As we snap a selfie by the sea lions for the first time in a year, it seems worth asking, after our collective ordeal, whether our pleasure in seeing wild animals up close is worth the price of their captivity.

Throughout history, men have accumulated large and fierce animals to advertise their might and prestige. 

Power-mad men from Henry III to Saddam Hussein’s son Uday to the drug kingpin Pablo Escobar to Emperor Charlemagne all tried to underscore their strength by keeping terrifying beasts captive. 

William Randolph Hearst created his own private zoo with lions, tigers, leopards and more at Hearst Castle. 

It is these boastful collections of animals, these autocratic menageries, from which the modern zoo, with its didactic plaques and $15 hot dogs, springs.

The forerunners of the modern zoo, open to the public and grounded in science, took shape in the 19th century.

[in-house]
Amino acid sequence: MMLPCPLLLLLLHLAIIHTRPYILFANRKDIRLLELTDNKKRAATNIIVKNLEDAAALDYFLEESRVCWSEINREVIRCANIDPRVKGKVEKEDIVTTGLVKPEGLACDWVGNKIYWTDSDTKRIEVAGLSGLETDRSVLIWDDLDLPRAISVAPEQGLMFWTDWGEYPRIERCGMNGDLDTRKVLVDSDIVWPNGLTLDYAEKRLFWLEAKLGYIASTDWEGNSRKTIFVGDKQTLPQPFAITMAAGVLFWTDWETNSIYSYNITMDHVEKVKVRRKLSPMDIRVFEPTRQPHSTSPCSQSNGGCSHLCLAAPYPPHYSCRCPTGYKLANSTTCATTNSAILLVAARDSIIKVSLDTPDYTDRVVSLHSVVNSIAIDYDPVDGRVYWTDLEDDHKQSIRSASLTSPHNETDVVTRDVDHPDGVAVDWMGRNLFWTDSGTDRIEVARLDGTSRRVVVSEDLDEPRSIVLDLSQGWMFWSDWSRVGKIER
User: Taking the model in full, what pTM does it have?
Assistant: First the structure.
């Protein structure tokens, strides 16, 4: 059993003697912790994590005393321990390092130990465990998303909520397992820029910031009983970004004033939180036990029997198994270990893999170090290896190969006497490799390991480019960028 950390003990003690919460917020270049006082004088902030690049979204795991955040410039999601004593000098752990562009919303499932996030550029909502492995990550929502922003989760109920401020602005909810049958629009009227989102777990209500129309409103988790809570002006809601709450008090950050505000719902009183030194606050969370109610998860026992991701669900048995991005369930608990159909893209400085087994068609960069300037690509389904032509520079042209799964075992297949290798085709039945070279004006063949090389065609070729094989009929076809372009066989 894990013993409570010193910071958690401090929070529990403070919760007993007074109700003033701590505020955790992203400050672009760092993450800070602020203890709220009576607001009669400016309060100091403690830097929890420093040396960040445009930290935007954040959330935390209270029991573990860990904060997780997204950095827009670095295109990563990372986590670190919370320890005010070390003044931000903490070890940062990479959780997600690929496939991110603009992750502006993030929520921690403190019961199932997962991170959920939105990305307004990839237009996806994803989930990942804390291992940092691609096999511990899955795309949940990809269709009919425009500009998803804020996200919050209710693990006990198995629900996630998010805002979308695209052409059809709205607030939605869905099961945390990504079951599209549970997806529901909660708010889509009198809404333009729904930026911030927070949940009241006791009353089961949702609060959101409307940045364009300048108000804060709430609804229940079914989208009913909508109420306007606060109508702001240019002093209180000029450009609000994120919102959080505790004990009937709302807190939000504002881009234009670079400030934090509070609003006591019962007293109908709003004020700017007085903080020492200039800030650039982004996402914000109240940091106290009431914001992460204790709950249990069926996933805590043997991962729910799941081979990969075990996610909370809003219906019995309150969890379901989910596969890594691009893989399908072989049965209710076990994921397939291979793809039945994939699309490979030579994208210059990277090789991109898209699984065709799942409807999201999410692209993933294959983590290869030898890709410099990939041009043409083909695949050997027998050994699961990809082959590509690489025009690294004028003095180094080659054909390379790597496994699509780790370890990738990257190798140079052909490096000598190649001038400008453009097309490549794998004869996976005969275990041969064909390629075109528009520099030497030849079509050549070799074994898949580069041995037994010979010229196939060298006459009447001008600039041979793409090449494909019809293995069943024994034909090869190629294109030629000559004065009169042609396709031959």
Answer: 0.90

Public zoos sprang up across Europe, many modeled on the London Zoo in Regent’s Park. 

Ostensibly places for genteel amusement and edification, zoos expanded beyond big and fearsome animals to include reptile houses, aviaries and insectariums. 

Living collections were often presented in taxonomic order, with various species of the same family grouped together, for comparative study.

The first zoos housed animals behind metal bars in spartan cages. 

But relatively early in their evolution, a German exotic animal importer named Carl Hagenbeck changed the way wild animals were exhibited. 

In his Animal Park, which opened in 1907 in Hamburg, he designed cages that didn’t look like cages, using moats and artfully arranged rock walls to invisibly pen animals.